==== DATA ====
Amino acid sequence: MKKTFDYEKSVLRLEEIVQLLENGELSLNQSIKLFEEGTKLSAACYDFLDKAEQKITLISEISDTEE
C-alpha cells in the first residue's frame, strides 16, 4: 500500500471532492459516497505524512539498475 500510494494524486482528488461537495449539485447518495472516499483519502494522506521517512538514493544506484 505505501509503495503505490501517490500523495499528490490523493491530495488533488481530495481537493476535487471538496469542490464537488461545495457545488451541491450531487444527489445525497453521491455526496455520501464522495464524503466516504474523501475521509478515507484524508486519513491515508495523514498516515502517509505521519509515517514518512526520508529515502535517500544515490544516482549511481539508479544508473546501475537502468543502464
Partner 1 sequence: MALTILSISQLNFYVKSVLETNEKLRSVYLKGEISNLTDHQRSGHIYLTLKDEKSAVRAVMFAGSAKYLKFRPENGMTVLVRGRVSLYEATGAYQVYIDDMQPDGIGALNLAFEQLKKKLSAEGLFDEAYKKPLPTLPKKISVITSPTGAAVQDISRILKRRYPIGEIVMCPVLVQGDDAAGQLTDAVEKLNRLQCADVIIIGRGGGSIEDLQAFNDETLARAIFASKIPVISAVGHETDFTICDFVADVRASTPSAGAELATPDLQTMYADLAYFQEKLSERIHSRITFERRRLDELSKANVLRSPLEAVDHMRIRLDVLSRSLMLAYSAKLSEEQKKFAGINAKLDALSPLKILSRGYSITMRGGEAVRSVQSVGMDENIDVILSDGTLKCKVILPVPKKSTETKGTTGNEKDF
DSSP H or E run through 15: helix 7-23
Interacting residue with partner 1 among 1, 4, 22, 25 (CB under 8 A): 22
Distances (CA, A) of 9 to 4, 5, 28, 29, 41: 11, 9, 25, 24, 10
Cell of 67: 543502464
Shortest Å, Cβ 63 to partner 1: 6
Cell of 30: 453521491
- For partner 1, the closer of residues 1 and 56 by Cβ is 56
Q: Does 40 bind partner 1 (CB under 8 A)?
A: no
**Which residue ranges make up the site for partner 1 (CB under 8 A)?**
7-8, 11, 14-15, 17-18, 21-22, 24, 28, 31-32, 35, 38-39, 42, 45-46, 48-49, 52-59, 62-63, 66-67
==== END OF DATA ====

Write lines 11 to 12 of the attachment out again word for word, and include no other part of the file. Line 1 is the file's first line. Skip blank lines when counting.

Q: Does 40 bind partner 1 (CB under 8 A)?
A: no